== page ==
“Every single one of us who went through that regime still bear scars on our hearts and souls. There was rampant child abuse, rape and paedophilia

“Children were passed around like parcels of meat for the satisfaction of paedophile monks who ruled by terror and hid behind a conspiracy of silence.

“We’d lie in our dorm beds, night after night, and listen to kids being taken away to be raped and abused.

“I can still hear the sound of those footsteps walking across the dorm, stopping at a bed, then walking off again with a sobbing child as we cowered in fear under our bedcovers.

“I was a tough street kid, brought up in the Gorbals, so I was never a target for sex abuse.

“But we saw and heard it going on all around us, and knew there was no-one we could turn to or tell about it.

“We’d already earned the label of ‘bad boys’, so nobody cared or wanted to believe Catholic monks were paedophile monsters.

“It was unthinkable in those days to accuse a monk or a priest of sex abuse or of beating a child. My mother was a devout Catholic. Even she wouldn’t have believed me if I’d told her what was going on.

“I was luckier than many of the other boys. I was subjected only to their brutality. I was never sexually abused. But the fear that you could be victim to sexual abuse was always there. We’d do anything to stay safe and keep the paedophiles at bay.

“One brother, nicknamed ‘Bounce’ because he was so fat, liked pornographic magazines as well as young boys. Whenever we got a weekend pass home, we’d bring him back some porn, so he’d pick on other boys for sex.

“It was like a survival game, but we were all casualties. What happened to me at that school still affects me deeply. Talking about it now, all these years later, is still very hard.

“I’m not making excuses for what I did in my life. But I, and most other De La Salle boys, went on to a life of crime, or to destroy ourselves through drink or drugs.

“Scotland’s prisons were littered with the casualties of the De La Salle regime. Inside prison, we De La Salle boys were like a secret brotherhood. We all recognised the signs.

“We knew instantly who’d been inside a De La Salle school because we all carried the same deep emotional and psychological scars. In our darkest moments, we’d talk about our horrific experiences there. All of us agreed, no matter how tough any prison regime, none was as brutal as De La Salle.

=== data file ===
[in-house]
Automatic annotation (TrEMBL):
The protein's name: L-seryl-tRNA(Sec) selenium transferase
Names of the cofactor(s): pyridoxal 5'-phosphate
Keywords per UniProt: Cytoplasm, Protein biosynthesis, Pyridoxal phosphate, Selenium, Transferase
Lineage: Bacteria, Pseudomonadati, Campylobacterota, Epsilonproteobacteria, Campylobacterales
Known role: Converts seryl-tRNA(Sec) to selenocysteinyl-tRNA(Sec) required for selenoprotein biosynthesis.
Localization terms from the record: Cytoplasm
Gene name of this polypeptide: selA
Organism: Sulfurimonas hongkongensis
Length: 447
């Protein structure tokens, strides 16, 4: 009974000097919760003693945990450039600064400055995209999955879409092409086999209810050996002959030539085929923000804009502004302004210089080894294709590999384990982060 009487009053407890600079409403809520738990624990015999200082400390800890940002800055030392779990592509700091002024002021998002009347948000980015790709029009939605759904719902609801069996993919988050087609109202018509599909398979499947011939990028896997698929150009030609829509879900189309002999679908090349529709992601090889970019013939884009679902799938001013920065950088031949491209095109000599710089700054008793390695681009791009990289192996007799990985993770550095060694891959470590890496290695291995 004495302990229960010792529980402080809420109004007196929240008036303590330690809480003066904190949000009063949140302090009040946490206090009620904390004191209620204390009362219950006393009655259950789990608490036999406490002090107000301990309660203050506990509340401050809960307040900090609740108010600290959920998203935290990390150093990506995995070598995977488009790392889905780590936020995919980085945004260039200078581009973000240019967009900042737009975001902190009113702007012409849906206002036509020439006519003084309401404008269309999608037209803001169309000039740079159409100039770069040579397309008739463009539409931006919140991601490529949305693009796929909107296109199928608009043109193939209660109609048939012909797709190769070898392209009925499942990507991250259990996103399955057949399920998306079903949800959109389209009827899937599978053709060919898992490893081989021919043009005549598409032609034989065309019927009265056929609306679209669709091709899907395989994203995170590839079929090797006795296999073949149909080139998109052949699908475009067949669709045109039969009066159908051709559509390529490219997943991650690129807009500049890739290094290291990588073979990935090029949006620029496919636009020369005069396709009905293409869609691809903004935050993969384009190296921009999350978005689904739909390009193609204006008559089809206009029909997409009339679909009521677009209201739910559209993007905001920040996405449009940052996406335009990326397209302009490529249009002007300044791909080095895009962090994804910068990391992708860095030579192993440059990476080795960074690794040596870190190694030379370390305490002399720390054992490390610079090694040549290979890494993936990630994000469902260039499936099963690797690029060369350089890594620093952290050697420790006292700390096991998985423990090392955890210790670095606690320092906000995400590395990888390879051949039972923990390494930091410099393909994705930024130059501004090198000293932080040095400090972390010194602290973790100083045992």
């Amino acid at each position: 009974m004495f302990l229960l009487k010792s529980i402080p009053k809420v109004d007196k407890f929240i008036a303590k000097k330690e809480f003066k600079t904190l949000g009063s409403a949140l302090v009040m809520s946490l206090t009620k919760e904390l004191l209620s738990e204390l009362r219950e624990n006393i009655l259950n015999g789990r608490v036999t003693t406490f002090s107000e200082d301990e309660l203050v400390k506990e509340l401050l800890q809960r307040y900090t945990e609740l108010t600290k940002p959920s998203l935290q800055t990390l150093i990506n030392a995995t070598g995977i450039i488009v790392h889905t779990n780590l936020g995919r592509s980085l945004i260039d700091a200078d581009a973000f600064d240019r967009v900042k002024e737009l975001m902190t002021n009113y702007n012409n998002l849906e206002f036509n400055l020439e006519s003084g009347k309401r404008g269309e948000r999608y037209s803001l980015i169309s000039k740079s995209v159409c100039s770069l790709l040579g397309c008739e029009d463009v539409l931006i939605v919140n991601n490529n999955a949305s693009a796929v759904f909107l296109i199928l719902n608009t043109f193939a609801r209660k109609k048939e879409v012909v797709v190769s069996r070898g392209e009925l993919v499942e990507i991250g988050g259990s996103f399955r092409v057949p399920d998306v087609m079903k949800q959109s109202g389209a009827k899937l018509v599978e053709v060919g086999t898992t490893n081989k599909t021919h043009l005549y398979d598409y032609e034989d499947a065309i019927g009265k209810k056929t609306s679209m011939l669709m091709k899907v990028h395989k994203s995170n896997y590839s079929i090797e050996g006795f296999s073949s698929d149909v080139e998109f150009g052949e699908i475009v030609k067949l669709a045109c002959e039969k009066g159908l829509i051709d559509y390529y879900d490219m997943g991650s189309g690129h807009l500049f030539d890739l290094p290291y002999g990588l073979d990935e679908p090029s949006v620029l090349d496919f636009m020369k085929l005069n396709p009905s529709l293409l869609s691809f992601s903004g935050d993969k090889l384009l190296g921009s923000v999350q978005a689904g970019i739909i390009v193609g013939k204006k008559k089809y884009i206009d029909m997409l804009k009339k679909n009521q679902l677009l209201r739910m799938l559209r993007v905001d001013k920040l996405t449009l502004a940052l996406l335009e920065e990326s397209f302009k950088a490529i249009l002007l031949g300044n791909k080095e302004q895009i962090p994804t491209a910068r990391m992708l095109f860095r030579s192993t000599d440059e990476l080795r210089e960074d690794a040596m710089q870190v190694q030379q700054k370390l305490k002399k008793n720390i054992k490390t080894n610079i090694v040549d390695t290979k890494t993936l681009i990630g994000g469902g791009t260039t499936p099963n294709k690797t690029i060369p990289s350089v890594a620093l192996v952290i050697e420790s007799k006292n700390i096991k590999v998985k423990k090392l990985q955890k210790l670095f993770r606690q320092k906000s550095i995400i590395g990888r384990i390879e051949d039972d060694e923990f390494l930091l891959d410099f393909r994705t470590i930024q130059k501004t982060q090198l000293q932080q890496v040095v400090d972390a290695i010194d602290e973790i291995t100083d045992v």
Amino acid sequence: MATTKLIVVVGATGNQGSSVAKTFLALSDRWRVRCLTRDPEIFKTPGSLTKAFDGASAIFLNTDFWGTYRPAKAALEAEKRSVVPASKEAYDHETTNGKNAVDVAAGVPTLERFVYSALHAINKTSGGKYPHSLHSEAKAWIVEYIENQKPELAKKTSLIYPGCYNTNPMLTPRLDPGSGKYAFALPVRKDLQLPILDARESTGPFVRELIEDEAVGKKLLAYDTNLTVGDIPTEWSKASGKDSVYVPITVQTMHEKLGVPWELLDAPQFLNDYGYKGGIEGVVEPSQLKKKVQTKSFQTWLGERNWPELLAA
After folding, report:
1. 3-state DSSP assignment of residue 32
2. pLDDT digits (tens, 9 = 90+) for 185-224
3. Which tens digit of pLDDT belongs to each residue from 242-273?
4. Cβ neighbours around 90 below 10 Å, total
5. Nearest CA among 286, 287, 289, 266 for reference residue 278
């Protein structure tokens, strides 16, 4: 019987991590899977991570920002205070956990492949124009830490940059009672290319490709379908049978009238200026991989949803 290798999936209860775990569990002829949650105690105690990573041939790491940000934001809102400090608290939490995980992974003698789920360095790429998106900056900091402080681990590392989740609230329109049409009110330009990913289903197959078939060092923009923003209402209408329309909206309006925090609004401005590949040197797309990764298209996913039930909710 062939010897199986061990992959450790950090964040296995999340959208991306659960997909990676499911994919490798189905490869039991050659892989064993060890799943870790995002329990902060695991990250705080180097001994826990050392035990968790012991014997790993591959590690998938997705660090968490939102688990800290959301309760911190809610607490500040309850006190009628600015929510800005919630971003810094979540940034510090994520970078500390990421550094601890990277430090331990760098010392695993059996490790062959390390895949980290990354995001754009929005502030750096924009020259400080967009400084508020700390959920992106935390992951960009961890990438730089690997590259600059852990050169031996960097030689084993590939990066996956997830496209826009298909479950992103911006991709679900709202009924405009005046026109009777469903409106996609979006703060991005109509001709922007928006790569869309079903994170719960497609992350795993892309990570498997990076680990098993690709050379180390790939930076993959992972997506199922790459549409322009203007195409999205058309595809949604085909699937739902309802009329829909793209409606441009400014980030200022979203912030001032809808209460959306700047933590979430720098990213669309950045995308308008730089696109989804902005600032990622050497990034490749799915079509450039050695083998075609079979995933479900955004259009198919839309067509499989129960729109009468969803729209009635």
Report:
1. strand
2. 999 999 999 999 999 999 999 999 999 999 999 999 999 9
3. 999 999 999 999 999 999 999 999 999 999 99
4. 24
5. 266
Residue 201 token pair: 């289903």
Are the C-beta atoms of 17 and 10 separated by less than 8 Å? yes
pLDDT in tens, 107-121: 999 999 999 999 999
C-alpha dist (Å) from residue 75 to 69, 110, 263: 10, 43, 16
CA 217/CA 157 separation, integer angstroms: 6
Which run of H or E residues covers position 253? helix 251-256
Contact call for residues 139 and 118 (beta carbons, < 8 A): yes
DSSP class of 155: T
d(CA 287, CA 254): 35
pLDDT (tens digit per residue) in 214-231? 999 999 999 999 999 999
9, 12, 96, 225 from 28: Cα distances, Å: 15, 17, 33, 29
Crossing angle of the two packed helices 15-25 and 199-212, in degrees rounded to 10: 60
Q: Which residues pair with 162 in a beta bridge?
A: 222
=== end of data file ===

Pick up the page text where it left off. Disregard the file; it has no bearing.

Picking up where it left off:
“The stories were the same from all the De La Salle schools – St Mary’s, Bishopbriggs, St John’s, St Ninian’s, Gartmore, and St Joseph’s, Tranent.

“We found many monks moved around from school to school, abusing boys at will.

“Many of us had learned to fight against authority before we arrived at these schools. But we still trusted, respected and feared the Catholic Church.

“What hurt the most was these so-called men of God, the last men on Earth we expected to betray us, turning into abusers, and taking our last bastion of hope away.”

After 14 months of brutality, Boyle was finally released from St John’s. But the experiences had changed him. Long before he arrived at St John’s, he had lost any respect and fear of authority figures. After St John’s, he couldn’t even trust the very Church his mother Bessie had lived her life and her family around.

It was the ultimate betrayal. Afterwards, Boyle was in and out of jail for most of his young adult life. He became a notorious knife man, involved in gang fights, slashings, bottle attacks and money lending.

He earned the nickname Babyface Boyle. But there was nothing cute or cuddly.  about Boyle in those days. In 1967, he was found guilty of murdering a rival gang member, William ‘Babs’ Rooney, and was jailed for life.

Railing against prison authorities led Boyle to years of dirty protests and extra jail time for violent outbursts against warders. Locked away like an animal inside the solitary segregation cages now banned in Scotland’s jails, Boyle was the most hated and feared prisoner in the system.

He was ruthless, fearless and uncontrollable. In May 1973, as ringleader of the Porterfield prison riots. , he was sentenced to a further six years for the attempted murder of six warders.

His salvation came after he became one of the first prisoners to enter the controversial and experimental Special Unit at Barlinnie.